Of course, press release carpet bombing from the Bush Administration led to ancillary search activity shortly after criticism began. Heck, even the Red Cross set aside a few minutes for a press release to let everyone know how well they were doing with a relief efforts at "record pace" announcement.
Shockingly, I haven't seen any searches for; "Don't these people have more important things to worry about?" I have high hopes for next week.
Until it hurts
"Hurricane Katrina" searchers were treated to a plethora of sponsored listings from a multitude of charitable organizations. Indeed, so many charities have appeared, the sponsored results resemble a warped competition to get bleeding heart funds. From pet savers to rubber bracelet peddlers -- they all want to help you help other people.
Even charitable portals like Network for Good -- created in 2001 by the Time Warner Foundation, AOL, Cisco Foundation and Cisco Systems, Inc.; and Yahoo! -- can be found either on the AOL welcome page or via sponsored results on Yahoo! and Google.
And let's not forget what the credit card companies are making on these transactions: as payment for managing your portfolio of charitable donations, Network for Good deducts three percent of total donations from credit card entries and $10 per transaction for online checks.
A few search providers offer recognized charitable non-profit organization discounts (as long as they meet certain requirements), such as Google's grant program, but for the most part, sponsored listings are still funded as a portion of an organization's overhead.
In any case, it's somewhat disconcerting -- even unsettling -- to know that some percentage of the dollars I contributed to relief funds go to bidding wars in sponsored search results.
Giving 110 percent
Remember, if you happen to give to the Red Cross (they claim to dispense 92 to 94 percent of funds donated) via an aggregator, only about 89 to 91 percent of those funds will end up going to the people in need.
Though we have come a long way since the Red Cross misappropriation scandal of 2001 -- a handful of local chapters were found to be spending the money on recreational activities -- it's worth specifying exactly where you want your donation to go.
The American Red Cross now allows you to designate to which fund your money is directed. At the end of the day it is reasonable that these charitable organizations have operating costs that have to be addressed and that six to ten percent of funds are going to operating costs or other expenses. I threw in an extra 10 percent just in case we were on a 90 percent day.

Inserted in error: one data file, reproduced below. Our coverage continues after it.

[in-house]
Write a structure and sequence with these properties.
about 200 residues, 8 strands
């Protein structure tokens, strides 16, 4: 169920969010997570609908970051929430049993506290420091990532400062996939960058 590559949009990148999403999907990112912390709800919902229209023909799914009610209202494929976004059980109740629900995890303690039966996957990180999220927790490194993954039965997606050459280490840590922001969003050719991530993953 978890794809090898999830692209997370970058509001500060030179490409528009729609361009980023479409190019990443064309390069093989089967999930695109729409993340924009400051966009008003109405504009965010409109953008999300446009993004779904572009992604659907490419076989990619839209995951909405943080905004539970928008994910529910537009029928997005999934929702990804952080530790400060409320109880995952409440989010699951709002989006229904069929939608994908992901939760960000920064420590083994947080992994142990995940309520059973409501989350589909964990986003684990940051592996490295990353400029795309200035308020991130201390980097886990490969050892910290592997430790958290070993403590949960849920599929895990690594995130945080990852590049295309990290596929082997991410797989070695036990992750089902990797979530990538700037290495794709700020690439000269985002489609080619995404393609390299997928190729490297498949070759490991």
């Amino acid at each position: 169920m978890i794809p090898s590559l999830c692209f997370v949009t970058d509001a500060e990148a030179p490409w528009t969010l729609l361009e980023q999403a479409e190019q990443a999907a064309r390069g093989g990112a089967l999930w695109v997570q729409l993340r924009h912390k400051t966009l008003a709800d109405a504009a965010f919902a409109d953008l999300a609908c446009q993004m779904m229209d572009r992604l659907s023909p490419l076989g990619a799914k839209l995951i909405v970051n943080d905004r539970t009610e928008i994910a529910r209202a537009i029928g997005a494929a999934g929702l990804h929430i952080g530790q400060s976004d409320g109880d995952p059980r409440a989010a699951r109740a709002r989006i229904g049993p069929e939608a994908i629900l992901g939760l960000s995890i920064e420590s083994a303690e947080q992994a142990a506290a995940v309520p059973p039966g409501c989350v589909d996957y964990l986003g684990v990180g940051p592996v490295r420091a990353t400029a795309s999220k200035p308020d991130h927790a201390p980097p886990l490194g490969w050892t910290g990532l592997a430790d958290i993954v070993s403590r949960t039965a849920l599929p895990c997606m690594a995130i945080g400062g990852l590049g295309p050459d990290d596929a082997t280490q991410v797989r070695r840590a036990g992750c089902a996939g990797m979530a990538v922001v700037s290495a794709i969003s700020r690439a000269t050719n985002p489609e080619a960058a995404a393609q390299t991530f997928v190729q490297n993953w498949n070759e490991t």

We spend so much time worrying about search activity that we often forget how rational thought gives way to human nature. The measure of this phenomenon is nowhere more prevalent than in the search box, and while this is certainly no time for my "people are stupid" lecture, there is a glimmer of hope for those of us walking upright.
In the short hour or so since I listed the Yahoo! and Amazon numbers above, an additional 372 Yahoo! visitors contributed $49,330, while 483 Amazon visitors contributed $49,609 more to the American Red Cross.
Now that, ladies and gentleman, is progress.
iMedia Search Editor Kevin Ryan's current and former client roster reads like a "who's who" in big brands; Rolex Watch, USA, State Farm Insurance, Farmers Insurance, Minolta Corporation, Samsung Electronics America, Toyota Motor Sales, USA, Panasonic Services, and the Hilton Hotels brands, to name a few. Ryan believes in sound guidance, creative thought, accountable actions and collaborative execution as applied to search, or any form of marketing. His principled approach and staunch commitment to the industry have made him one of the most sought after personalities in online marketing. Ryan volunteers his time with the Interactive Advertising Bureau, Search Engine Marketing Professional Organization, and several regional non-profit organizations. Mr. Ryan is chief strategy officer at Zunch Communications.